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Member since: Tue Mar 25, 2014, 01:18 PM
Number of posts: 15,204

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Plan to move BLM jobs west a shallow pretext to gut the agency's mission.

Part of the problem with the constant flow of news out of the White House — from offensive tweets to potentially disastrous policies — is that acts that would have seemed outrageous in previous administrations slip past, hidden by the smoke of the Trumpster fire. The administration’s plan to effectively gut the Washington-based Bureau of Land Management is a case in point.

Some Trump administration policymakers, as well as some influential members of Congress, are philosophically opposed to the federal government owning public lands …. All told, the federal government owns about 28% of the country’s acreage (most of it originally stolen from native tribes, but that’s another issue), and in some cases has done so for more than two centuries. The largest player in the management of non-marine federal lands is the Bureau of Land Management, which controls 248 million acres of public land and administers some 700 million acres of federal subsurface mineral rights.

And now the Trump administration — propelled by those who believe the federal government should cede much of its Western lands to state and local governments — wants to move nearly all of the BLM’s headquarters out of Washington and relocate the jobs mostly to Western states. It couches the reorganization as an effort to put more BLM workers closer to the lands they manage … But public lands advocates argue persuasively that they are mere pretexts for undercutting an agency Trump advisers dislike. The vast majority of BLM jobs — 97%, according to the Public Lands Foundation — are already dispersed around the country, mostly in the West, and the bulk of the jobs to be moved out of Washington are top-level administrators and policy staffers who craft regulations and provide national oversight to regional offices.

Scattering those jobs around the country will in all likelihood result in massive turnover among senior officials unwilling to upend their lives and careers in Washington. And there is evidence to support that: The Agriculture Department is shifting two agencies, the Economic Research Service and the National Institute of Food and Agriculture, from Washington to Kansas this fall. About 250 of the 395 employees — more than 60% — refused the transfers, a potentially crippling brain drain from the highly respected statistics department and the research agency.

Moving BLM will similarly rob that department of institutional memory and weaken its ability to work with Congress and other agencies — which, in fact, may be the point for the Machiavellians in Trump’s White House who want to cede public lands that we, as Americans, all own to states and local governments anxious to turn it over to developers and extractive industries. Interior Secretary David Bernhardt recently appointed William Perry Pendley, who through the conservative Mountain States Legal Foundation has pushed for the federal government to turn public lands over to states, as acting BLM director. The petroglyph on the wall couldn’t be clearer.

More at:

Lawmaker on USDA Office Relocations: 'This Fight is Not Over'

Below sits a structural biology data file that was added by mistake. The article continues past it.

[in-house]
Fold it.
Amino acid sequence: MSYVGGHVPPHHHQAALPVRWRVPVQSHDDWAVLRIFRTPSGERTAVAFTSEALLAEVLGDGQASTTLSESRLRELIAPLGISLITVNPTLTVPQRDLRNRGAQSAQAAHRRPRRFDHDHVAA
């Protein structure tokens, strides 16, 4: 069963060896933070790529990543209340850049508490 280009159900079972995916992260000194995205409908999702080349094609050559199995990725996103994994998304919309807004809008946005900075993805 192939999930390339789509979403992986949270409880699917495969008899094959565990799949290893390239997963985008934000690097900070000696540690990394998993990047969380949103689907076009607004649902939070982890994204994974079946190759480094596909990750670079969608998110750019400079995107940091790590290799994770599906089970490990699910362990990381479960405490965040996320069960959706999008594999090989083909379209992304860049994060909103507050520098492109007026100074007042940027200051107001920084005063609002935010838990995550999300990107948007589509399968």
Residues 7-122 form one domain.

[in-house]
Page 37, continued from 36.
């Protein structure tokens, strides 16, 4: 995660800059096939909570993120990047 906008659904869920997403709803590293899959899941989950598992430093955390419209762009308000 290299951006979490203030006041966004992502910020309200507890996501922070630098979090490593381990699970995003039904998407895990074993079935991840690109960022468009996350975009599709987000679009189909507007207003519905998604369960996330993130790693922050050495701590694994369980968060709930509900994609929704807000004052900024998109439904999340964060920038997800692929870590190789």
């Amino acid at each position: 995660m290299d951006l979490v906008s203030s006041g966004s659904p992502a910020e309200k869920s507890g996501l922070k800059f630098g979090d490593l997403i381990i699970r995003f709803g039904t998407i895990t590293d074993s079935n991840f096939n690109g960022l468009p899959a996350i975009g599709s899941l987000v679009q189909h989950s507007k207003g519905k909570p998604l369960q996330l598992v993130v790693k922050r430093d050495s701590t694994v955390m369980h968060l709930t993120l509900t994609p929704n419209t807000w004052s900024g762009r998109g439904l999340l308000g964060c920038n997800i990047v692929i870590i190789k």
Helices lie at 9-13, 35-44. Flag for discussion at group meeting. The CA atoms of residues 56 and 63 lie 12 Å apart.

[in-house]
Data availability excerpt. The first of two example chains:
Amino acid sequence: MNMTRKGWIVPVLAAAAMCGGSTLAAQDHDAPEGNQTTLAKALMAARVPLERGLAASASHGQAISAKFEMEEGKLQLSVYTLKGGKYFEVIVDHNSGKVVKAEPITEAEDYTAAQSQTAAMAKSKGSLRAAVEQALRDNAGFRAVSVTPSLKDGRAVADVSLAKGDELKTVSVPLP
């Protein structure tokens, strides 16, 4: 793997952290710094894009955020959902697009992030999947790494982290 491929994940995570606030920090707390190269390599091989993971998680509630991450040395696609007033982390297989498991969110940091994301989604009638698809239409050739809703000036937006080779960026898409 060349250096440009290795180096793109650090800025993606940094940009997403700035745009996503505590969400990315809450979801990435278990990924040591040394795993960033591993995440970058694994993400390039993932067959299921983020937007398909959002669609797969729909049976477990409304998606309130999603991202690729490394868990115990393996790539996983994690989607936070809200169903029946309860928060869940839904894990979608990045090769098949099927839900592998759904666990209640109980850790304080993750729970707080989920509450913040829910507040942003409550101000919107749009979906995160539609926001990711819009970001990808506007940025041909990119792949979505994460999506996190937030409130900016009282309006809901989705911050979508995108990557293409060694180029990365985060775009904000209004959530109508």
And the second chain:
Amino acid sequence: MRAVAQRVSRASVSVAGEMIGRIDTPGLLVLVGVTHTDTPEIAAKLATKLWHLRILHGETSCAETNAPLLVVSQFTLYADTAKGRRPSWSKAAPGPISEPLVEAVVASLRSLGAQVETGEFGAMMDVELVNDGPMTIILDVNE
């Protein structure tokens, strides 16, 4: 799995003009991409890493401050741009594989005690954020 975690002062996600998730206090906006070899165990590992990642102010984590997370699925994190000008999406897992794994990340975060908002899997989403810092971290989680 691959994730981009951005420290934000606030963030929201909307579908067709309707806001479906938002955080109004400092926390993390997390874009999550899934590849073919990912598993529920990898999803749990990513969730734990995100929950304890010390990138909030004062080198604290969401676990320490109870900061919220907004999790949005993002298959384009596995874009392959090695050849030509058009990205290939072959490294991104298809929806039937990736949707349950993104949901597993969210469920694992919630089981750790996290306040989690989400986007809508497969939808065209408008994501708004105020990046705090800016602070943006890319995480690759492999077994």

“We all knew this move made no sense and was driven by ideology over science,” said Sen. Chris Van Hollen, D-Md. “Now, thanks to this new inspector general report, we also know that it was potentially illegal. Secretary [Sonny] Perdue has some serious questions to answer, and this fight is not over.”

Rep. Sanford Bishop, D-Ga., chairman of the House Appropriations subcommittee that advanced the Agriculture Department’s appropriations bills, including the provision demanding committee approval of any relocation, called the inspector general’s findings “troubling.” ...
“As I have said before, there are many reasons this move does not add up. Now that the report has raised several troubling concerns, I again ask why only the Trump administration thinks this relocation is a good idea.”
Casting a pall over the proceedings this week were recent comments by acting White House Chief of Staff Mick Mulvaney suggesting the department’s justification for relocating ERS and NIFA employees was merely a pretext for encouraging them to quit.

“Now, it’s nearly impossible to fire a federal worker,” Mulvaney told attendees of a Republican party event in South Carolina last weekend. “I know that because a lot of them work for me. And I’ve tried. And you can’t do it. But simply saying to the people, you know what, we’re going to take you outside the bubble, outside the Beltway, outside this liberal haven and move you out into the real part of the country, and they quit. What a wonderful way to streamline government and do what we haven’t been able to do for a long time.”
In a statement Monday, AFGE National President J. David Cox blasted what he called anti-federal employee rhetoric. “Mick Mulvaney’s comments confirm what our union has been saying all along: the administration’s decision to transfer hundreds of USDA jobs from D.C. isn’t about helping federal employees do their jobs better or delivering better services to the American taxpayer,” Cox said. “Their goal is to drive out hardworking and dedicated civil servants and silence the parts of the agencies’ research that the administration views as inconvenient.”

More at: https://www.govexec.com/oversight/2019/08/lawmakers-watchdog-agency-questions-usda-rationale-countering-ig-report/159012/

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There's hope.